I think we’re in the clear here, satelloon-wise. It is true that Anish Kapoor’s Leviathan is inflated, and 35 meters tall.
But when you enter the Grand Palais to see Leviathan, you enter Leviathan itself. It’s a space, a bulbous, three-chambered cathedral of a space, “like going into the belly of a whale,” says the Guardian. Though of course, it’s really going into the belly of a cinematic whale. So it’s a belly of imagination.
But it’s a space, not an object. At least, not at first. When you exit, though, it’s a thing. And well, hm. At first, things look pretty grim, which is to say, satelloonish.
But ultimately, it’s a different thing, very different. One thing that’s emphasized in Kapoor’s talk to the Guardian is the light and space of the Grand Palais, and its vast expanses of glass:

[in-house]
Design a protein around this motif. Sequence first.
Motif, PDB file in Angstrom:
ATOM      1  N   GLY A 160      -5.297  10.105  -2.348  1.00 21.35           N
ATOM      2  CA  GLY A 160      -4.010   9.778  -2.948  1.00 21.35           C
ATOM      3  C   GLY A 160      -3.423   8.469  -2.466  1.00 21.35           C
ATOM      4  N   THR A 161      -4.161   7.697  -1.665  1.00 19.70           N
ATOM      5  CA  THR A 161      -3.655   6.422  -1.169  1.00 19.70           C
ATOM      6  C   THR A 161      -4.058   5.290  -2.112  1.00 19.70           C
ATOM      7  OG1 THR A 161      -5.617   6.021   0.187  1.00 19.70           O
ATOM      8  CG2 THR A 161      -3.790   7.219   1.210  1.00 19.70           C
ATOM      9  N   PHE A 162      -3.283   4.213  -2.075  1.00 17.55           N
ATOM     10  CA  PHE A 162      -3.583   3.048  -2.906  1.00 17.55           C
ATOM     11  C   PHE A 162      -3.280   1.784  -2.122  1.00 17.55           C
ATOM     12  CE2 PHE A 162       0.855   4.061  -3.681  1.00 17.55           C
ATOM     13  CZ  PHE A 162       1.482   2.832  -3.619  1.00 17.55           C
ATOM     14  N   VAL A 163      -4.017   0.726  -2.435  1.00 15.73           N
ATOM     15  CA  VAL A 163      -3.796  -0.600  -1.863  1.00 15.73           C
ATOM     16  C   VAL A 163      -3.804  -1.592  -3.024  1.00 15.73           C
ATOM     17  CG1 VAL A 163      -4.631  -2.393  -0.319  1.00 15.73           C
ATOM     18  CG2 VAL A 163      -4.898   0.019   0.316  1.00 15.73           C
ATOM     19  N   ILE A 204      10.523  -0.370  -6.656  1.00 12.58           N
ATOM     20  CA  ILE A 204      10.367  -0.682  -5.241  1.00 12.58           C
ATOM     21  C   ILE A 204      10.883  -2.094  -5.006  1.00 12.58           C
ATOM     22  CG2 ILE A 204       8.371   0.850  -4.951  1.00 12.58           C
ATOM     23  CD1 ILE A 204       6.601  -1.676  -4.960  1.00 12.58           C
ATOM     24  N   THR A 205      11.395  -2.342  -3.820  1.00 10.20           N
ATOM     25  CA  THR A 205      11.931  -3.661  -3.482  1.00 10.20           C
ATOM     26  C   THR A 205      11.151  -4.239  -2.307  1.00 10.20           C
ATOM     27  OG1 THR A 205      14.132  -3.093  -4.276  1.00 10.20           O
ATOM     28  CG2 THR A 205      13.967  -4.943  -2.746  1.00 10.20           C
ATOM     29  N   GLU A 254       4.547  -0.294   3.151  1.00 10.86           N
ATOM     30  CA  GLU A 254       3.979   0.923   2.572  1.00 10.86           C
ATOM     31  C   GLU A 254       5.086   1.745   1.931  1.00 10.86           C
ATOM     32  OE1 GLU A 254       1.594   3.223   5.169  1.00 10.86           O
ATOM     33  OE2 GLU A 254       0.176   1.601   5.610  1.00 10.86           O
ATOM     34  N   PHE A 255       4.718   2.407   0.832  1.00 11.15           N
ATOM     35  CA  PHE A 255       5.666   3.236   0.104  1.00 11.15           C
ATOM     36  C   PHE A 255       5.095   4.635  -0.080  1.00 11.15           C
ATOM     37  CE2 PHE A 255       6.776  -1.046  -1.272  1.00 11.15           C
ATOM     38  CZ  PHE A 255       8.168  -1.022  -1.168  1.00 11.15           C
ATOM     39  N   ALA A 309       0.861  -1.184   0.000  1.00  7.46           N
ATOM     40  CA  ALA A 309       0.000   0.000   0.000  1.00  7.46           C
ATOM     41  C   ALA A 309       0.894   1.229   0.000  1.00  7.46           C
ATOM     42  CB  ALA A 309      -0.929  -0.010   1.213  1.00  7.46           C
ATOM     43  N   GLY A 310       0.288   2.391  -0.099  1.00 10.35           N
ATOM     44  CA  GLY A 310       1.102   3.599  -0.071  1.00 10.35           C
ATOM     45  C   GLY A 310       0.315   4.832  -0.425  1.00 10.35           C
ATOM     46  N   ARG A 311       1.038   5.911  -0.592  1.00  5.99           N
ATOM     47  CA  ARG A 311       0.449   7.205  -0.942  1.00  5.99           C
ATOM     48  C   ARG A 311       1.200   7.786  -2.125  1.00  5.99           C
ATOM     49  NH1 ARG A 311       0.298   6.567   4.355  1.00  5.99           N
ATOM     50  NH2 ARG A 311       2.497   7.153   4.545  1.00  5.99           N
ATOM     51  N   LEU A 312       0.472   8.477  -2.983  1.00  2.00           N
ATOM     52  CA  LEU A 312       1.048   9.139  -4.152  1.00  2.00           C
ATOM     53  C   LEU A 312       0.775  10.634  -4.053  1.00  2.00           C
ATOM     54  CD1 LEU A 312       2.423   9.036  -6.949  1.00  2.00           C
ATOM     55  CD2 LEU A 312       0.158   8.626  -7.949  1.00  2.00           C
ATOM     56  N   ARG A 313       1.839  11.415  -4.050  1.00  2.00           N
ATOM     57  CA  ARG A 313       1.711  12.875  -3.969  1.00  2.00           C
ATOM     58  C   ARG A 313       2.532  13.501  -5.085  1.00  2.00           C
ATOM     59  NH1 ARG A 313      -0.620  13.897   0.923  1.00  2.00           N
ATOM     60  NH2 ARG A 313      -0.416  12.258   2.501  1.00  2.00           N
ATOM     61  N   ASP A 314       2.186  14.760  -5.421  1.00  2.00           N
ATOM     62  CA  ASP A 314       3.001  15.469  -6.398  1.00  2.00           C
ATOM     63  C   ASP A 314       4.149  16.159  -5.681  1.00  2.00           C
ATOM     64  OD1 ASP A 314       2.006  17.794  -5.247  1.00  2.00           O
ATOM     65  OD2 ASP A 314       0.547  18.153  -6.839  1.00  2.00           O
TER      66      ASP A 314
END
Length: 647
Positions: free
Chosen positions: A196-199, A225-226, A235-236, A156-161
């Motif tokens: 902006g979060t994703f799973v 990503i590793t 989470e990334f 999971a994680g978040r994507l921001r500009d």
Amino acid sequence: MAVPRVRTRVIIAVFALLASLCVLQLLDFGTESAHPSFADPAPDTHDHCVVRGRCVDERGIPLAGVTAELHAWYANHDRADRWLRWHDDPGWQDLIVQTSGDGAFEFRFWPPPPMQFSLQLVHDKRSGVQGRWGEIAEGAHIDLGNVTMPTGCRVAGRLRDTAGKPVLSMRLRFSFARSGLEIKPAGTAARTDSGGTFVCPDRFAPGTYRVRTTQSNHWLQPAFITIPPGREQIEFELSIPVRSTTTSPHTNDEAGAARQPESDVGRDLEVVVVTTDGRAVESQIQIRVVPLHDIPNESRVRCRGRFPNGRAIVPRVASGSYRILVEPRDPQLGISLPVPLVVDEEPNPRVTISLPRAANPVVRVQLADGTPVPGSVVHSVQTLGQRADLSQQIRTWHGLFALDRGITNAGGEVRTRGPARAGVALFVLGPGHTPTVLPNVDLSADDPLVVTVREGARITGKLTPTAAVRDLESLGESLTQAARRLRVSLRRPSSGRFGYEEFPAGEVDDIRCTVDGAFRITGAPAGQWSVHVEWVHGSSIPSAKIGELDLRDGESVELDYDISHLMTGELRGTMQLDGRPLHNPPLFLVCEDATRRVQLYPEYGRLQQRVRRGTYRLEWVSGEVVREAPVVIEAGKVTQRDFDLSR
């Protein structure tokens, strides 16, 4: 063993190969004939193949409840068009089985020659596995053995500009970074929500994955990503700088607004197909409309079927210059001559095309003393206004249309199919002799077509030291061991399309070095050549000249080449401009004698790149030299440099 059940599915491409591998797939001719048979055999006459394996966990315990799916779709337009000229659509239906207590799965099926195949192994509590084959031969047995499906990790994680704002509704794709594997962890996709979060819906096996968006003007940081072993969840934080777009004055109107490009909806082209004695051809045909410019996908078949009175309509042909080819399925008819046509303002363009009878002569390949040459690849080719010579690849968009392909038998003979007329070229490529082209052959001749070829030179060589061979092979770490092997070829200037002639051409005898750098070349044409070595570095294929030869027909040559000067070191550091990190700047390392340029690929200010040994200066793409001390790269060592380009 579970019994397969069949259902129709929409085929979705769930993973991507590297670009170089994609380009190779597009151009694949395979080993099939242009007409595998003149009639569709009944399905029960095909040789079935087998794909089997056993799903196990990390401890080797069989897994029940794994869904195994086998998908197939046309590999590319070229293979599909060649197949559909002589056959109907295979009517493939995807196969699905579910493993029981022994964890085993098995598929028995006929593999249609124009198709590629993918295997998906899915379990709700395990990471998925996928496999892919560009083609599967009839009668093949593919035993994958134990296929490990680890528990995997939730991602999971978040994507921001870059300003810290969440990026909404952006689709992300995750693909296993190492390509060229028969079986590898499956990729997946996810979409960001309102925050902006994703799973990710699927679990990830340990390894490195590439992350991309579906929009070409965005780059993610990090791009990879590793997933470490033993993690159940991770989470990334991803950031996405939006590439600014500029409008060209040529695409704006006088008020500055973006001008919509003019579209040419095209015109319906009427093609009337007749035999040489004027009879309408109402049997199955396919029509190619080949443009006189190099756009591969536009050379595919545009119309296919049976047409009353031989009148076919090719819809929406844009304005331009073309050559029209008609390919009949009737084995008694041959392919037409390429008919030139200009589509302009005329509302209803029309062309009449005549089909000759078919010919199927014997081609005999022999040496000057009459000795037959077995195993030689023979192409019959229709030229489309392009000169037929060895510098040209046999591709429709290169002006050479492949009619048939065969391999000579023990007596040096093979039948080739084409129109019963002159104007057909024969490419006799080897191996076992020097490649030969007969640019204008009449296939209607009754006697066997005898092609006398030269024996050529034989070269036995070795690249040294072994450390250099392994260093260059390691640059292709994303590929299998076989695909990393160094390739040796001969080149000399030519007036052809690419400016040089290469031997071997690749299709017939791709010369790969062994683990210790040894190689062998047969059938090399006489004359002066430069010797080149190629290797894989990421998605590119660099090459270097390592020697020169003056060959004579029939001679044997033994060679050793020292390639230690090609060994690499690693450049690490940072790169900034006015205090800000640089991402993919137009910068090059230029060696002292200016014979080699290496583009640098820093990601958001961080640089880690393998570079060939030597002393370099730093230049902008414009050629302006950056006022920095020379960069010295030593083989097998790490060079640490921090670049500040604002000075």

“This is a terror of a space, probably much more difficult than the Turbine Hall,” Kapoor said. “It’s three times the size, huge horizontally and vertically and above all the light is a killer. It’s almost brighter than it is outside.”
There are any number of spaces–dirigible hangars, stadiums, train stations–that could hold a 100-ft mirror-skinned aluminum sphere; but in this time, there are no art spaces except, now, the Grand Palais. And that’s part of the point.
Not only can satelloons not escape the problems Gerhard Richter diagnosed for spheres–they’re too beautiful and perfect–they blow these problems up [sic] to gargantuan scale. Which is kind of interesting.
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